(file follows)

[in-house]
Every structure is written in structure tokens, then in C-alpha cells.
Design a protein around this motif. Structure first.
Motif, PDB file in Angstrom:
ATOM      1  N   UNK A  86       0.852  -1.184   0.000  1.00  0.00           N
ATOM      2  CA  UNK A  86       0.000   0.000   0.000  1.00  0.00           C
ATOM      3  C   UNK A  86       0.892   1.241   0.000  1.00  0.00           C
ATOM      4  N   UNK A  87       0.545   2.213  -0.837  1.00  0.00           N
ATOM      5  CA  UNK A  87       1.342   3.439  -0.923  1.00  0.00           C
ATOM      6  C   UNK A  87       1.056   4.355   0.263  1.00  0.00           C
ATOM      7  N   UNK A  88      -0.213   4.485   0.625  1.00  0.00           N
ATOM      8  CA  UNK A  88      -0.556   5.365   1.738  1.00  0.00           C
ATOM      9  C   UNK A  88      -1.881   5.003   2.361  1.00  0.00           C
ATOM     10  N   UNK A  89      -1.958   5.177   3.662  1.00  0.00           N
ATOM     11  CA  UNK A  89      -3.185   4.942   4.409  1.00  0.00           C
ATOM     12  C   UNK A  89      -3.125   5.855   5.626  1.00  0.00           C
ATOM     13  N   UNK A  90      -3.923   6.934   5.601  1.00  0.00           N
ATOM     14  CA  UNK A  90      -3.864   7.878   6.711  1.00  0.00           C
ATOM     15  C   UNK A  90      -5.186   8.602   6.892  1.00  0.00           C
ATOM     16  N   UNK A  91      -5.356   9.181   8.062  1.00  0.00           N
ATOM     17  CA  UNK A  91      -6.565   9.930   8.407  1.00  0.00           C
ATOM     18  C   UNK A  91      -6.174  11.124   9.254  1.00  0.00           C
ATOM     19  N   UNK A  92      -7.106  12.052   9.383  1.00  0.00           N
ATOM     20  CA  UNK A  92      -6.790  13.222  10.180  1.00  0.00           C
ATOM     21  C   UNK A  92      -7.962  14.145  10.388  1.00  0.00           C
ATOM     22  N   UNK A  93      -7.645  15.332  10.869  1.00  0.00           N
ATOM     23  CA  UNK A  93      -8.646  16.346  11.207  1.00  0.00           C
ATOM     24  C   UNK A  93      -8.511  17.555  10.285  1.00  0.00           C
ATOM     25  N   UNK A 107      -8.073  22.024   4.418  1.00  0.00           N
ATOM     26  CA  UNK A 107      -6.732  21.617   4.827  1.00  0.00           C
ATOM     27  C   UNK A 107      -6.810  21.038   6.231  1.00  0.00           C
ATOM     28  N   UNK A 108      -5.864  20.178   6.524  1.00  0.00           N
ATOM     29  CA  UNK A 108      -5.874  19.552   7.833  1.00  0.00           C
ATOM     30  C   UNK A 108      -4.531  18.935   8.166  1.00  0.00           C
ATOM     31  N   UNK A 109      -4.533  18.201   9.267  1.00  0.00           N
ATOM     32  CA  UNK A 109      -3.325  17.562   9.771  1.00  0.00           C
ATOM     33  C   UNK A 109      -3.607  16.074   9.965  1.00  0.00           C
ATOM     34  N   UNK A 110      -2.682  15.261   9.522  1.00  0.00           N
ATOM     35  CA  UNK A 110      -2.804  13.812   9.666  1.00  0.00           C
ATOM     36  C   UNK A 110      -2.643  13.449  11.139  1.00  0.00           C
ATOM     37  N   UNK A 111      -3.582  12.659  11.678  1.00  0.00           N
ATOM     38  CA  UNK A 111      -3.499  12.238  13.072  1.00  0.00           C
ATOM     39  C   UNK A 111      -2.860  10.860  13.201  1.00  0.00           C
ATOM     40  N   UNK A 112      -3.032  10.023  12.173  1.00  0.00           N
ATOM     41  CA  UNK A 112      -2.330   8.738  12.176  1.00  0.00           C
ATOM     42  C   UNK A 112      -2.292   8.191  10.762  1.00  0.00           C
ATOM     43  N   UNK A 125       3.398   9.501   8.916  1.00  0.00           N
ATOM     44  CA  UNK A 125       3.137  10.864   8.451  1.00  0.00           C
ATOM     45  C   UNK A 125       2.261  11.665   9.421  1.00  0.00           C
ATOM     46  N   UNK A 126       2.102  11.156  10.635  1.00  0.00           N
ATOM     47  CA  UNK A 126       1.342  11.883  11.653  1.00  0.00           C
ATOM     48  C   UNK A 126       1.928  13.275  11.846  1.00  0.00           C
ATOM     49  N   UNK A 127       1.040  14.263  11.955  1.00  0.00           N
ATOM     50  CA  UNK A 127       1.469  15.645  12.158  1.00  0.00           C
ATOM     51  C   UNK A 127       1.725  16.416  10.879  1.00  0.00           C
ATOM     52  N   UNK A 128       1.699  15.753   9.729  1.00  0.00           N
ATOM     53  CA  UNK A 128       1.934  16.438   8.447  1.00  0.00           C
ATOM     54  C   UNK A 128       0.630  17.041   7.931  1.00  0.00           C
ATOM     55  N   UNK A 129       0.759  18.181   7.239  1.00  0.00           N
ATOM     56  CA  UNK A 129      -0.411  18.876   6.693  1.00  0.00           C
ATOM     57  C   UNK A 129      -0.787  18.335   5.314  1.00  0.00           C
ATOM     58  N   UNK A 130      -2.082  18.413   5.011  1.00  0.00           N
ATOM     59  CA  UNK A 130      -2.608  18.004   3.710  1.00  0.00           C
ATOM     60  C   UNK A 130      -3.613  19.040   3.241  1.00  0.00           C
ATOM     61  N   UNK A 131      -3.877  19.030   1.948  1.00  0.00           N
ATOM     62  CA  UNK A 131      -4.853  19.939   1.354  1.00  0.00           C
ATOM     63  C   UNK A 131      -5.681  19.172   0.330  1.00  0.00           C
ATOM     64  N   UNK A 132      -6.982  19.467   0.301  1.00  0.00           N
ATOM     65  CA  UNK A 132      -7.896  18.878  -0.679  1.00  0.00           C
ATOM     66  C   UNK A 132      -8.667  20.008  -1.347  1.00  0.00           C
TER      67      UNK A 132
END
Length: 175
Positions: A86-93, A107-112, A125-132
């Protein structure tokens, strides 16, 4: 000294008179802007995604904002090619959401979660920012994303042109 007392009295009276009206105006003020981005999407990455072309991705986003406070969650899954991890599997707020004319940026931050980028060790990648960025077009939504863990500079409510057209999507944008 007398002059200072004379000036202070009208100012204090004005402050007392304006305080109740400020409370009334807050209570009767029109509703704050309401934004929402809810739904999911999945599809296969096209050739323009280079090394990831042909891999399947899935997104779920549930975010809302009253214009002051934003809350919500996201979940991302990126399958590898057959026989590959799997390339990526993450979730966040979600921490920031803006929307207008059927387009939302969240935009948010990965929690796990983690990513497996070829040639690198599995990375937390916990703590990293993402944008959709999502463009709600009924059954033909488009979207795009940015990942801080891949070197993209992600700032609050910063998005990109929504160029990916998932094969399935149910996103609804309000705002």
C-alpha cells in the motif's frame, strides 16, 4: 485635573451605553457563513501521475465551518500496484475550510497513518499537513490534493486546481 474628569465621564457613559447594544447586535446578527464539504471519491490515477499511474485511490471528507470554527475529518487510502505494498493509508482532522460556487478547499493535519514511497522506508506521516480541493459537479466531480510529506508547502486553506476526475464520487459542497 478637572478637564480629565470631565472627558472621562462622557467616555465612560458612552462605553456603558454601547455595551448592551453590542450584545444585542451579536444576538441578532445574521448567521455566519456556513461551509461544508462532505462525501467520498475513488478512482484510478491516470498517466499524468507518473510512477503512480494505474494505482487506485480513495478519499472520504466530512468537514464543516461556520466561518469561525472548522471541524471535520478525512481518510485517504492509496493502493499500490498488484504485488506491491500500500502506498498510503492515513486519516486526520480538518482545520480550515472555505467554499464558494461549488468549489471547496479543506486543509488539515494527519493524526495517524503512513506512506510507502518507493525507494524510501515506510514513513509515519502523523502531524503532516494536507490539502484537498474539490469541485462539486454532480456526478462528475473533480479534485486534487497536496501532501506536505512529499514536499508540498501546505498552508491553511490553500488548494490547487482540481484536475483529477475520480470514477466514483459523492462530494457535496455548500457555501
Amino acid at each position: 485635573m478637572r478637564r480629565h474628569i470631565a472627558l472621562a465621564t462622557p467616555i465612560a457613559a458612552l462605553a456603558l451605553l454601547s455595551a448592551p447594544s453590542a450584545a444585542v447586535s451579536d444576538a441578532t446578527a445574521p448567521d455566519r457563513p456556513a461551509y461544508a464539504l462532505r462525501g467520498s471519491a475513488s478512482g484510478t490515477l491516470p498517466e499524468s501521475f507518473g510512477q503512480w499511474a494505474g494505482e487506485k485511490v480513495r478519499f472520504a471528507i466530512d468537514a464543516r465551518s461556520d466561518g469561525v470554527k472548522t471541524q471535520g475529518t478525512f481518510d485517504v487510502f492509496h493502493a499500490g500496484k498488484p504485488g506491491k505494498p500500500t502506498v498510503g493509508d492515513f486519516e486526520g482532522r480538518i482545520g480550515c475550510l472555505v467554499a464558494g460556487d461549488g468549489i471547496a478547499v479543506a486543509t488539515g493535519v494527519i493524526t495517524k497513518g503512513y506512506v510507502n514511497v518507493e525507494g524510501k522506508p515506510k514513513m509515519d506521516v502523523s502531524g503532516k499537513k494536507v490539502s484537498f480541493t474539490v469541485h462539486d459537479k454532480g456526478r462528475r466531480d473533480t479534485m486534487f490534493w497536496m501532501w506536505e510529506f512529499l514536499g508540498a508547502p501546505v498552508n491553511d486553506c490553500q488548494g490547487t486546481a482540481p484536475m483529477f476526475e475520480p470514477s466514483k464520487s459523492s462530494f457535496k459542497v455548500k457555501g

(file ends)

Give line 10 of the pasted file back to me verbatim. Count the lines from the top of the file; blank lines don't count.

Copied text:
ATOM      6  C   UNK A  87       1.056   4.355   0.263  1.00  0.00           C